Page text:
Jellyfish are now sea jellies

Photo credit: Hodgers

Starfish are now known as sea stars and jellyfish are now known as sea jellies. Sometimes jellyfish are referred to as just jellies, but I prefer sea jellies, this name better orients the mind.

Why the switch? Jellyfish aren’t fish, making the name sea jellies more accurate, but the new term is having a tougher time catching on compared to sea star. So for the purposes of this blog I will be using both names to avoid confusion and also help people transition.

Sea jellies are members of the phylum Cnidaria (the C is silent) and also members of the subphylum Medusozoa. Their bodies are made up of mesoglea, a jelly-like material. According to a “jellyfish has two layers of skin – epidermis or the outer layer and gastrodermis or the gut lining. A layer of thick gelatinous substance called mesoglea fills the portion between these two skin layers.” Mesoglea gives sea jellies much of their substance, which isn’t much considering they are 95% water.

Mesoglea is another great science name that actually makes sense. explains that meso is Greek for middle and glea derives from the ancient Greek work gloia meaning glue. And that’s exactly what mesoglea is, the glue holding together a sea jelly’s middle layer.


  1. JNapoli says

    I don’t know if I’m willing to make the switch….a lifetime of calling them jellyfish! But I would never have known there was a site called if I hadn’t read this, so the day has meaning. And jellies have no brains! (The dumb mobster in “Analyze This” was named Jelly. Go figure.)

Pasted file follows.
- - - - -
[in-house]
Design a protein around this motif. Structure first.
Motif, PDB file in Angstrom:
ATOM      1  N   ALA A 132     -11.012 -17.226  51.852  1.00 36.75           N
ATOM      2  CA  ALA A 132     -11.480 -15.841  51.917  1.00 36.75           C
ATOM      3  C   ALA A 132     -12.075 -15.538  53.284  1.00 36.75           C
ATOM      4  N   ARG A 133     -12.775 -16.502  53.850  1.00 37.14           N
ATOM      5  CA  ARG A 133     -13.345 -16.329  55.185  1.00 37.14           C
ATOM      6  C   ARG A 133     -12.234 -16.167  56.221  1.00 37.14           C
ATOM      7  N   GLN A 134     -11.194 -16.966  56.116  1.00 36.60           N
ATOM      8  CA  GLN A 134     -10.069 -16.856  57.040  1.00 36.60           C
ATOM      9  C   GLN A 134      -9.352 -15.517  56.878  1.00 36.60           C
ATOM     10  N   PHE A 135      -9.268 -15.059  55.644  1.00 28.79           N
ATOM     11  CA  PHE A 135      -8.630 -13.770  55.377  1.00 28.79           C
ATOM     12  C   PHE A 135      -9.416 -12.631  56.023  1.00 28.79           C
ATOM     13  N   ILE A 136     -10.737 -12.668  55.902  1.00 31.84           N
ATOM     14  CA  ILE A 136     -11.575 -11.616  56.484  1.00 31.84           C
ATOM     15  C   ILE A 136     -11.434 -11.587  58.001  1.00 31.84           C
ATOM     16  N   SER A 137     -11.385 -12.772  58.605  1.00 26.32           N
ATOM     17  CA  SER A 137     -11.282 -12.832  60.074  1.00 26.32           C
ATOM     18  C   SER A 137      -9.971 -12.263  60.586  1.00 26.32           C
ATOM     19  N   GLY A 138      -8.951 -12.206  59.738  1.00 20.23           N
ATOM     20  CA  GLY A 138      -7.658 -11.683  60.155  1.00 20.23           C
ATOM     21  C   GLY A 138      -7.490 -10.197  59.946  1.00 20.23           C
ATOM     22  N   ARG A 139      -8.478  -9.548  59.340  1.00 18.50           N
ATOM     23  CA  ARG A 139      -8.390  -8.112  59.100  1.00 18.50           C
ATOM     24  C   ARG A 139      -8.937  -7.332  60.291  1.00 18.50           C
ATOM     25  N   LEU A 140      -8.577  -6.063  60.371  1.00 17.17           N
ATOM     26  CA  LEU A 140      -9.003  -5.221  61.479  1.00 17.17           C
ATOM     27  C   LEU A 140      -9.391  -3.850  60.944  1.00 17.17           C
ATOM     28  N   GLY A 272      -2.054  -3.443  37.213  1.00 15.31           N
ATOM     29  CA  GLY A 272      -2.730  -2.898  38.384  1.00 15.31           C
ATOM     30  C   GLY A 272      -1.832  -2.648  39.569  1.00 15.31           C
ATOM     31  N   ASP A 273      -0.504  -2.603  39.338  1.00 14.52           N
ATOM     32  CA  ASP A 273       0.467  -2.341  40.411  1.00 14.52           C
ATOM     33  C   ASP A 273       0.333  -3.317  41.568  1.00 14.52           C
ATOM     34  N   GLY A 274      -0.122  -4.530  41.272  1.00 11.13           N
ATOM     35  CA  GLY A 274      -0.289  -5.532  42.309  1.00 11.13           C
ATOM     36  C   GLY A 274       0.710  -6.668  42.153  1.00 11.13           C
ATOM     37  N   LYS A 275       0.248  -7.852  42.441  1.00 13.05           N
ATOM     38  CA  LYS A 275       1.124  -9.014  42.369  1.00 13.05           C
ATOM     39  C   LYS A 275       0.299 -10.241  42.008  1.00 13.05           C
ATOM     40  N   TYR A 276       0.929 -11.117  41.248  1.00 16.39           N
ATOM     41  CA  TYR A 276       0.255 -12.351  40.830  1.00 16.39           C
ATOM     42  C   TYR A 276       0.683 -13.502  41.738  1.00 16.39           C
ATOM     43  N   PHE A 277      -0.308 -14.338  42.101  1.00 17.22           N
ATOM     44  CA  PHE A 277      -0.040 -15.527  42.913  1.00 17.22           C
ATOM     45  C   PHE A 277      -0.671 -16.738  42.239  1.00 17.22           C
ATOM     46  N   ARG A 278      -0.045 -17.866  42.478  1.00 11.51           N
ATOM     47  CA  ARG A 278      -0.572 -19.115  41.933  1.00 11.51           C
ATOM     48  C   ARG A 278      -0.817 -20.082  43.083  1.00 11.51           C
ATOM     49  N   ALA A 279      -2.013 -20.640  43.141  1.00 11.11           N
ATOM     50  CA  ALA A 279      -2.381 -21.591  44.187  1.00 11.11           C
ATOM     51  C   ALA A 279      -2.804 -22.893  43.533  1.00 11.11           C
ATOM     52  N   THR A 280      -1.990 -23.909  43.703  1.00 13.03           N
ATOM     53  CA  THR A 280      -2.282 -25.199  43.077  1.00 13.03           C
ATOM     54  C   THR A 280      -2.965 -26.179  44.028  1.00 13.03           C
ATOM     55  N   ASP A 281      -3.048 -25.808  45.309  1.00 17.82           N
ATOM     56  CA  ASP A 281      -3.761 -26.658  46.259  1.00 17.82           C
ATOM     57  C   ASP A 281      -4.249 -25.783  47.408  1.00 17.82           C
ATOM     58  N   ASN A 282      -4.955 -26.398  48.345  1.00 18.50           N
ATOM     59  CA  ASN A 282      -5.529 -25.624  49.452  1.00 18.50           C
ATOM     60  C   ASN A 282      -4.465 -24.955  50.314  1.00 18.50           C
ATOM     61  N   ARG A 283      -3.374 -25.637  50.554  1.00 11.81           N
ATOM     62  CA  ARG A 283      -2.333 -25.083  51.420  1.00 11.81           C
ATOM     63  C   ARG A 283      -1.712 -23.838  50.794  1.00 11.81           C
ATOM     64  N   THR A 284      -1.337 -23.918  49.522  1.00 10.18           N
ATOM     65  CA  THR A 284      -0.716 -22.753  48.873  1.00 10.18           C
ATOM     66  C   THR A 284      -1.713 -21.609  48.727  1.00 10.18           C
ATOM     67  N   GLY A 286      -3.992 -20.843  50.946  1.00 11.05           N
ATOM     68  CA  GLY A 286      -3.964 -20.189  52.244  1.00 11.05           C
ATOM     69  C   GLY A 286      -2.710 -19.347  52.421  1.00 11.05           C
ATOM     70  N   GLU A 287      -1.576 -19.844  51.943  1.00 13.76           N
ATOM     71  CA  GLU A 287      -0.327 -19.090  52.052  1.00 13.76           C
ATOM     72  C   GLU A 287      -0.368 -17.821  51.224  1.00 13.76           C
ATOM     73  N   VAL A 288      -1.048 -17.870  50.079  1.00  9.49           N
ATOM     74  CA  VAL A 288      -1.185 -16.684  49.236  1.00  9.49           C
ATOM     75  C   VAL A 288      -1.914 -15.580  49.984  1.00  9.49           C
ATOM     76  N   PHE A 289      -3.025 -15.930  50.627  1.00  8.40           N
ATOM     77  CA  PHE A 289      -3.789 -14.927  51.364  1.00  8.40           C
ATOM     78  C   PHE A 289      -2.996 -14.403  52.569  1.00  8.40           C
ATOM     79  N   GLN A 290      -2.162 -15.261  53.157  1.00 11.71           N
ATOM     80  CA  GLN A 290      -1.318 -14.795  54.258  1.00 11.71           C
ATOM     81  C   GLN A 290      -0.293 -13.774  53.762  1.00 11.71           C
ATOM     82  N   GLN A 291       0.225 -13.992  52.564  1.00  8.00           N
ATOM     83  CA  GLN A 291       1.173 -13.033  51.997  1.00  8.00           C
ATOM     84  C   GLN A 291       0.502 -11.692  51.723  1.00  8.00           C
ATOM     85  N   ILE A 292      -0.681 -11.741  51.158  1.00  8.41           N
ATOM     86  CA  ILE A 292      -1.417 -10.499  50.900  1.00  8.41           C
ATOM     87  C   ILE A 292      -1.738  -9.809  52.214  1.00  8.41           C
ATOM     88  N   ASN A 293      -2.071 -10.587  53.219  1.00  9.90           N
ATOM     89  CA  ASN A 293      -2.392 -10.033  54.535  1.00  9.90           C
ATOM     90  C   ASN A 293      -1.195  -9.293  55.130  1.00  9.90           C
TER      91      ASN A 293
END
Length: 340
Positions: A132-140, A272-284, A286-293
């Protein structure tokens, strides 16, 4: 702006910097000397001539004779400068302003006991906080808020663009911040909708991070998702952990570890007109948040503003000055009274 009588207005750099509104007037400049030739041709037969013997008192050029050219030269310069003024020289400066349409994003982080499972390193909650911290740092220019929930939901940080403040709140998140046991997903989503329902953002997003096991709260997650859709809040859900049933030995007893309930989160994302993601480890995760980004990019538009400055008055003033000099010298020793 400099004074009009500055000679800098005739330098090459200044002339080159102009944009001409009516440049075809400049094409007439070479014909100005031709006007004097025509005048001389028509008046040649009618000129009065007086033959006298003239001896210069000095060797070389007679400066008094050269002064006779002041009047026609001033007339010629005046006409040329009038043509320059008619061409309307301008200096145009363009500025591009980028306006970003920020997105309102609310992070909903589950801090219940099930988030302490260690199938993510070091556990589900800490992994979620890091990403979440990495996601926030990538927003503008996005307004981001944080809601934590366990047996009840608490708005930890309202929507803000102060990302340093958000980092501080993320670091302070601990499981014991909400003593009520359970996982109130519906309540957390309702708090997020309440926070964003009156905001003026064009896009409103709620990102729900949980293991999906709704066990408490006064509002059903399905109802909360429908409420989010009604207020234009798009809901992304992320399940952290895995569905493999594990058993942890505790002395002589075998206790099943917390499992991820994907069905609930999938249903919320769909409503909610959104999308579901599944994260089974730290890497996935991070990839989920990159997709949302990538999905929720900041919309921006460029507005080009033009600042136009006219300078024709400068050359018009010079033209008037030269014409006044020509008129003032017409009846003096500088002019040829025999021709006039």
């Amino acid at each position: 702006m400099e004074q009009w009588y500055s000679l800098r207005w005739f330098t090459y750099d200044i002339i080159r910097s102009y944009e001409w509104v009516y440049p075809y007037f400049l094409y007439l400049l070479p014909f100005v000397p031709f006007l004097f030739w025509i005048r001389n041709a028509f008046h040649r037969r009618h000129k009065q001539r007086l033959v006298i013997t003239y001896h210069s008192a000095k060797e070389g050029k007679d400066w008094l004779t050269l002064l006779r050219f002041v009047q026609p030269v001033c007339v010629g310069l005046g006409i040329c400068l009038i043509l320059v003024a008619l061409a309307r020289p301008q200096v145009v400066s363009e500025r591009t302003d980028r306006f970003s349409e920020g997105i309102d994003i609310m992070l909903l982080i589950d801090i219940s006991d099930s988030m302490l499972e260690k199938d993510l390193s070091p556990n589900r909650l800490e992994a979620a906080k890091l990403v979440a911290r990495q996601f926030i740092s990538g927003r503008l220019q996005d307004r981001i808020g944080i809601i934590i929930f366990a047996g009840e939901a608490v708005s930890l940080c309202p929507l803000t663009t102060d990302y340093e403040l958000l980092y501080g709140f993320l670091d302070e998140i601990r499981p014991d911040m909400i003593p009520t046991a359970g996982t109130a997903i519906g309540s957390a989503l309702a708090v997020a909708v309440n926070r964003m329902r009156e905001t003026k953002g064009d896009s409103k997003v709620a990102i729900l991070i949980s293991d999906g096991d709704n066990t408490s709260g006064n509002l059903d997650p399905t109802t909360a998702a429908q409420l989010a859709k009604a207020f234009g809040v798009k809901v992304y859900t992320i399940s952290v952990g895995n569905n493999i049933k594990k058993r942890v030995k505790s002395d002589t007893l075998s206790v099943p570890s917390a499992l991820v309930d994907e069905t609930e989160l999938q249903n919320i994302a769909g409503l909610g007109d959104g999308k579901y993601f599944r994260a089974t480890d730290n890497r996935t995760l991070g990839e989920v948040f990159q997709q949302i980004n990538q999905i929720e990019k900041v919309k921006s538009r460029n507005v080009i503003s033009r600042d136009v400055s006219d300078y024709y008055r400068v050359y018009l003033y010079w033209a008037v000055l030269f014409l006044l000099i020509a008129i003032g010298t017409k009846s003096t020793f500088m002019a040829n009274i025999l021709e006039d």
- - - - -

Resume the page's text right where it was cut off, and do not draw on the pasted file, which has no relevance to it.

2. steve says

    I remember this back when I took an oceanography class in high school. The teacher kept refering to jellyfish as sea jellies. I stopped her and asked why she called them this. She said they are not technically fish so sea jelly is more appropriate. I said in response well they aren’t technically jelly either. The class began to chuckle and I was in trouble.

    This was back in the day before I learned to shut my mouth…

    • Carolyn Kraft says

      Steve, I think you made an excellent point. Too bad teachers don’t always appreciate a good sense of humor!

    • Pete says

      Adding the word fish implies gills. Jellies do not have gills. You are right, they are not jelly, but do look like jelly in the water but they definitely do not look like fish and they’re not.

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